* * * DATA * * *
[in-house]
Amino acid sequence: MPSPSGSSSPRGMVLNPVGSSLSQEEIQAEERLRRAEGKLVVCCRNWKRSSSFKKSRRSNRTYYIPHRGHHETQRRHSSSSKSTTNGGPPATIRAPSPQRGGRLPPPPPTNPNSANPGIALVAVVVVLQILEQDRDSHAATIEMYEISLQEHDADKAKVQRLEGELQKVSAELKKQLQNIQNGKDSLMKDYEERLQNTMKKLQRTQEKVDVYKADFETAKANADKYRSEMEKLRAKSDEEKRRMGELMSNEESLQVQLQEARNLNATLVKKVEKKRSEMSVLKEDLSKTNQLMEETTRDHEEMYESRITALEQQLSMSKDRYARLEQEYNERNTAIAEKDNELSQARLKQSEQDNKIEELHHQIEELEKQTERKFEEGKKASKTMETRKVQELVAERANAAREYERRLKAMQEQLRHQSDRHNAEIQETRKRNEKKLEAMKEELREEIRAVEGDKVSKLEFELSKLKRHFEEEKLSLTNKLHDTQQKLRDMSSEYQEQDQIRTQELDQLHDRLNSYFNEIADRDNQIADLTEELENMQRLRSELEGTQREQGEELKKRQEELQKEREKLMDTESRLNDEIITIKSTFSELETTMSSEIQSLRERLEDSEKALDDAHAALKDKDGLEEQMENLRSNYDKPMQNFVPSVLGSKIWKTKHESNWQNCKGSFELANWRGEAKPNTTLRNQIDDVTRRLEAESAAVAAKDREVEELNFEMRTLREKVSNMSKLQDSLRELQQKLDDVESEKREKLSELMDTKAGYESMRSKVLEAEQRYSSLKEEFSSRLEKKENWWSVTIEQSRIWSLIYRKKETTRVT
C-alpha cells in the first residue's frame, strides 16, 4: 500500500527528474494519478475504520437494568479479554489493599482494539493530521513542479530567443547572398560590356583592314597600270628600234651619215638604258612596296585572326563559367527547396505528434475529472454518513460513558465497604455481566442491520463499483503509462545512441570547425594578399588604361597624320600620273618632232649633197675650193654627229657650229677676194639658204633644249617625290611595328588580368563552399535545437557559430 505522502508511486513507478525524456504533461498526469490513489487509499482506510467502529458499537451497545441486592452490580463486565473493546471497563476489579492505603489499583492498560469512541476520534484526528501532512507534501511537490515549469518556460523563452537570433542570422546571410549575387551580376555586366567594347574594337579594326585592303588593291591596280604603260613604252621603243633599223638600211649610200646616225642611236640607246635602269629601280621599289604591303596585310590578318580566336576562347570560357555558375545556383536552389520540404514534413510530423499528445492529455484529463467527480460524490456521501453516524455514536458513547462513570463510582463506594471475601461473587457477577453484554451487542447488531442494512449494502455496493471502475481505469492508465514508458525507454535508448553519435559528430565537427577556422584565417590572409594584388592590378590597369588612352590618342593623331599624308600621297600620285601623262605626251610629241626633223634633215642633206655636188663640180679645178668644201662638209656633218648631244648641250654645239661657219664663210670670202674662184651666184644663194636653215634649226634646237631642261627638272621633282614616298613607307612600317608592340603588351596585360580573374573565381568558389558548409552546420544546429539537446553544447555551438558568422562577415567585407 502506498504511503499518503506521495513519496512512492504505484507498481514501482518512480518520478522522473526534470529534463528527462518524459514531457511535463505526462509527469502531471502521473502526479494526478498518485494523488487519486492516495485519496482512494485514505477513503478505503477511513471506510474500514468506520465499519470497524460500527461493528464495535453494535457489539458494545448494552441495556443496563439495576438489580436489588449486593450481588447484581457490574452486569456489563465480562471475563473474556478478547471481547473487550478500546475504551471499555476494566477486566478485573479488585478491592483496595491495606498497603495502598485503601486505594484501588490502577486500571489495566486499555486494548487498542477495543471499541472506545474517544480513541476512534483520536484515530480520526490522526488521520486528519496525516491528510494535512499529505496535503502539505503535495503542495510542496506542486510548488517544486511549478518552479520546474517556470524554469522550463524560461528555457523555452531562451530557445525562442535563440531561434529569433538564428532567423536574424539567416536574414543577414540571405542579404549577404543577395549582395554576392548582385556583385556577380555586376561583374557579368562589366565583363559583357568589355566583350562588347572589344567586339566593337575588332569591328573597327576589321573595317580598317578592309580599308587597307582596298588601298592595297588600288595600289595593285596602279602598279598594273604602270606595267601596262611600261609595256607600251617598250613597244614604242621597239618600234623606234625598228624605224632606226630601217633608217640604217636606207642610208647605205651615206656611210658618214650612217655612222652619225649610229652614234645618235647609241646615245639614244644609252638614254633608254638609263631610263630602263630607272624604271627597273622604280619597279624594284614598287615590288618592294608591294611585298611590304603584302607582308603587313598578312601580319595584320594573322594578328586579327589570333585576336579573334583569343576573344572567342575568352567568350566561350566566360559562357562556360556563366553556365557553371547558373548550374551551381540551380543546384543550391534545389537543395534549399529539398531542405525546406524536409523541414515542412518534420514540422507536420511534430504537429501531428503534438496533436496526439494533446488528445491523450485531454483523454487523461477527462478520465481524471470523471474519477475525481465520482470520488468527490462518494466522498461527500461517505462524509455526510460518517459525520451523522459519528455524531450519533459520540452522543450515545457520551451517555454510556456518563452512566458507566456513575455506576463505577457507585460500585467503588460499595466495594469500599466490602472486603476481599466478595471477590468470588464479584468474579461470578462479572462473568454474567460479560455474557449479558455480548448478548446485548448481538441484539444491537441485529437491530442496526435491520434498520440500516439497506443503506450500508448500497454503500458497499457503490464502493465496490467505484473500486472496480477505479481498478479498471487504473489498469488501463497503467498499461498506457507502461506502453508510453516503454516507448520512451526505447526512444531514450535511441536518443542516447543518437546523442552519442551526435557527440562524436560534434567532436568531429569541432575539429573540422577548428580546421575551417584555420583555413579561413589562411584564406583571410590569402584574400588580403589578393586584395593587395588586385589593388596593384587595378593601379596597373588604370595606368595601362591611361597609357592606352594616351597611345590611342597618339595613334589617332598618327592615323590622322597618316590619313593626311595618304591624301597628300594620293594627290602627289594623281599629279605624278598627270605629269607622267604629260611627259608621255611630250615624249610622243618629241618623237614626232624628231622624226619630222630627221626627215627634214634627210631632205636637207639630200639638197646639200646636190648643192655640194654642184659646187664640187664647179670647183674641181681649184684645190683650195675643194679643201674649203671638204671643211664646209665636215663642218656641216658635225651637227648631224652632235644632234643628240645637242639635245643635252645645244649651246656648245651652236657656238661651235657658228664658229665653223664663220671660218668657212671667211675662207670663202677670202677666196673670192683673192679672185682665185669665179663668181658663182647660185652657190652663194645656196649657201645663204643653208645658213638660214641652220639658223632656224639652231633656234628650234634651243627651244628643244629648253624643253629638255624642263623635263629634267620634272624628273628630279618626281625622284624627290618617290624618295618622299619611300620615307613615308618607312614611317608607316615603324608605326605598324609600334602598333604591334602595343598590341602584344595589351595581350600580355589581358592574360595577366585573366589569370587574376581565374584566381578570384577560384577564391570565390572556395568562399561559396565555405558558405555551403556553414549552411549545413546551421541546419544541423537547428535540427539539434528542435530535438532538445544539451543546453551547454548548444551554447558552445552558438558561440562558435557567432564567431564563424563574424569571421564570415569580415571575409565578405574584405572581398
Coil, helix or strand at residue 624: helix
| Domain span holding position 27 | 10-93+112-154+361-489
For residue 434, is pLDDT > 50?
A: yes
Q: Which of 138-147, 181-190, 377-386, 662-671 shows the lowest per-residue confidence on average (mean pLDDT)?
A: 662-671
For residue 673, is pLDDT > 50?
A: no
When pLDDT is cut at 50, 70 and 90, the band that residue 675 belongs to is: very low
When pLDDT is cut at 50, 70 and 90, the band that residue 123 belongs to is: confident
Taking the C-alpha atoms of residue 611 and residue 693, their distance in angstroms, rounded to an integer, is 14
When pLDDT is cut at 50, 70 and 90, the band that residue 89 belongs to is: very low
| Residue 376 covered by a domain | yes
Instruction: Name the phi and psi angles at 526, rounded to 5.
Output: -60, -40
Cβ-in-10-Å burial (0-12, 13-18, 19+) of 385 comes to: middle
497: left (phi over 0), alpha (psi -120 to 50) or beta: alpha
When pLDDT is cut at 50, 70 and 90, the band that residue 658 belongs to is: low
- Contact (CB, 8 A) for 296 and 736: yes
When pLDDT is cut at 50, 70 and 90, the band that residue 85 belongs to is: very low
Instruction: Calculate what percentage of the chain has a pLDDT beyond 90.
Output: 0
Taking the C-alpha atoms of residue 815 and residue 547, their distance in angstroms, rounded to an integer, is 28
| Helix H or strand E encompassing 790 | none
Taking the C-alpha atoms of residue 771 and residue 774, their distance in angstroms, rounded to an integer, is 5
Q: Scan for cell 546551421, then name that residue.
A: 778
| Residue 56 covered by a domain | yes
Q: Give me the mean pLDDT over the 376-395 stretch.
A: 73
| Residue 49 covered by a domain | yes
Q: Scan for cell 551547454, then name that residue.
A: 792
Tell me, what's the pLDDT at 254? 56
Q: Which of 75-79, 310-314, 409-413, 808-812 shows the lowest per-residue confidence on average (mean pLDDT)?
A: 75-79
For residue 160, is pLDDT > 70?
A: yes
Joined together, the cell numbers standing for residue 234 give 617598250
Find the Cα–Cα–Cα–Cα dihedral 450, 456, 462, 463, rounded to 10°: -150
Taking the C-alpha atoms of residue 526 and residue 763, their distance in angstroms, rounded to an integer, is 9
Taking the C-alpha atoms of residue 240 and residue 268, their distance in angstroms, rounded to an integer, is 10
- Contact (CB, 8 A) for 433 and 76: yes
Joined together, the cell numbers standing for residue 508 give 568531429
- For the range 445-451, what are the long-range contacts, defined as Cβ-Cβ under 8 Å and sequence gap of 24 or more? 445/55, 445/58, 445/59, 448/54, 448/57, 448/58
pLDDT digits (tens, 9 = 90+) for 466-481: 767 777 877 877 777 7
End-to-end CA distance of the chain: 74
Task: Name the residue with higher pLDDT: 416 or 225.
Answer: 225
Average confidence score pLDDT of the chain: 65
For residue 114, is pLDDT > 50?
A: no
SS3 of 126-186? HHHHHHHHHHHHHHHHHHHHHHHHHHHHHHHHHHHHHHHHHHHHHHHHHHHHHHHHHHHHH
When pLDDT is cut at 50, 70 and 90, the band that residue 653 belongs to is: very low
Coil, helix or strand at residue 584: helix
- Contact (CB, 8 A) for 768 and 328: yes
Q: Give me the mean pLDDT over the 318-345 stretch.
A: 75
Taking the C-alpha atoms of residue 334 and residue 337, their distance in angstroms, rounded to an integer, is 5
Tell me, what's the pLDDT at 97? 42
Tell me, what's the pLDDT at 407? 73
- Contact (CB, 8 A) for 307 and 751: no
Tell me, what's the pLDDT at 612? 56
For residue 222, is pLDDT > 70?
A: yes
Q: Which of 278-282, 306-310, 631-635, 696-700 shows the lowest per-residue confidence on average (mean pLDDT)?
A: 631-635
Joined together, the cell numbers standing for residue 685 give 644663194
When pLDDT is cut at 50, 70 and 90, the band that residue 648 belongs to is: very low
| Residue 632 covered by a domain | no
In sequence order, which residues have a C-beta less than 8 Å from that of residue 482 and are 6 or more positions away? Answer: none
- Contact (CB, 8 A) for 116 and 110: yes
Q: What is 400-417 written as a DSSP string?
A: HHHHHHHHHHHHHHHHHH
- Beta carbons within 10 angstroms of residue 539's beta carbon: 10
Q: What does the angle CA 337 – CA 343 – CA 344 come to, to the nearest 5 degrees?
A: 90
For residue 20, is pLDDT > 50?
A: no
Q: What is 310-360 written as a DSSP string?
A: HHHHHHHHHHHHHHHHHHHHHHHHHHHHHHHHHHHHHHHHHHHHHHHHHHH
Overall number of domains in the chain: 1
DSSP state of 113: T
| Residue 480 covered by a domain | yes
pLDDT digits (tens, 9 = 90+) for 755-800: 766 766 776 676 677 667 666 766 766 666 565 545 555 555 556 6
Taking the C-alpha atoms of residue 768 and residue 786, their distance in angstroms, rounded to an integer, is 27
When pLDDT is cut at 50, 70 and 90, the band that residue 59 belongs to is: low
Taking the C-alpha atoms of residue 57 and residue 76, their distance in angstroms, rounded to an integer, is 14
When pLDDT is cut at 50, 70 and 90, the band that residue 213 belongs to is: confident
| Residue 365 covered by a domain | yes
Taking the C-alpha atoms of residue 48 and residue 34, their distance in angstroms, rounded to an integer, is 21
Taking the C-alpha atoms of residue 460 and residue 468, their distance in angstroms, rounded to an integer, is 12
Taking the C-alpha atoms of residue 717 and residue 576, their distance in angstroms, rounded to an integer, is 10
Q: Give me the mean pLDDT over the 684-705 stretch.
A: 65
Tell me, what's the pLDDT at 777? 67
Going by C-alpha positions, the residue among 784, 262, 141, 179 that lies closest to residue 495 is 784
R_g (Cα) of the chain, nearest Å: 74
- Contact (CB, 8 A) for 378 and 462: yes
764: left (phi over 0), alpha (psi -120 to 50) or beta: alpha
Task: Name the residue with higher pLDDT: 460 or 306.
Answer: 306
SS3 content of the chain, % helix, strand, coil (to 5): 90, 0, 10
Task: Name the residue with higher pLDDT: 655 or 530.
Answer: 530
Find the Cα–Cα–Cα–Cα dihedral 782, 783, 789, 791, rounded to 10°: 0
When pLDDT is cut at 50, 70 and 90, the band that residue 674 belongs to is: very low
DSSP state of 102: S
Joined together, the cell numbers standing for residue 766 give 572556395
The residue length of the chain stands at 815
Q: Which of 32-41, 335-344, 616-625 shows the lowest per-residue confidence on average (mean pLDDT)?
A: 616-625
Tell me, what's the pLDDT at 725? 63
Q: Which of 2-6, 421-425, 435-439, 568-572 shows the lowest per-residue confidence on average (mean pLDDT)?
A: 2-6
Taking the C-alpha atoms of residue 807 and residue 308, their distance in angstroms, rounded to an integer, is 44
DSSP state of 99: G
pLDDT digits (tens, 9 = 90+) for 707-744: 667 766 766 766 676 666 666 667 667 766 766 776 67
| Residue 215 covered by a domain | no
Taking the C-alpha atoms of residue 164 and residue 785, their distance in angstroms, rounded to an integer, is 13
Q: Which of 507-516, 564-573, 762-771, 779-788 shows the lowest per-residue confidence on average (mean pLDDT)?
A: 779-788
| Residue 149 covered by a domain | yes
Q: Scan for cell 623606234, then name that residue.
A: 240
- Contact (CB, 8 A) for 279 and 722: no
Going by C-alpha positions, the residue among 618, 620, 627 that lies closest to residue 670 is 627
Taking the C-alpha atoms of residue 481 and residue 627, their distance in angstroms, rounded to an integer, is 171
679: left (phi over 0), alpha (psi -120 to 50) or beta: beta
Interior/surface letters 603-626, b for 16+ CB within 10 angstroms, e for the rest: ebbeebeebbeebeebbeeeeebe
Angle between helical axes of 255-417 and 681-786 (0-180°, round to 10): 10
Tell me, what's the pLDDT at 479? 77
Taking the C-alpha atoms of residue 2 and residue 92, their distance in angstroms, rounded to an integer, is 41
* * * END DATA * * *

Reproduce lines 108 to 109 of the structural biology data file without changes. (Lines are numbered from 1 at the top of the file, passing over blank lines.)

Answer: 530
Find the Cα–Cα–Cα–Cα dihedral 782, 783, 789, 791, rounded to 10°: 0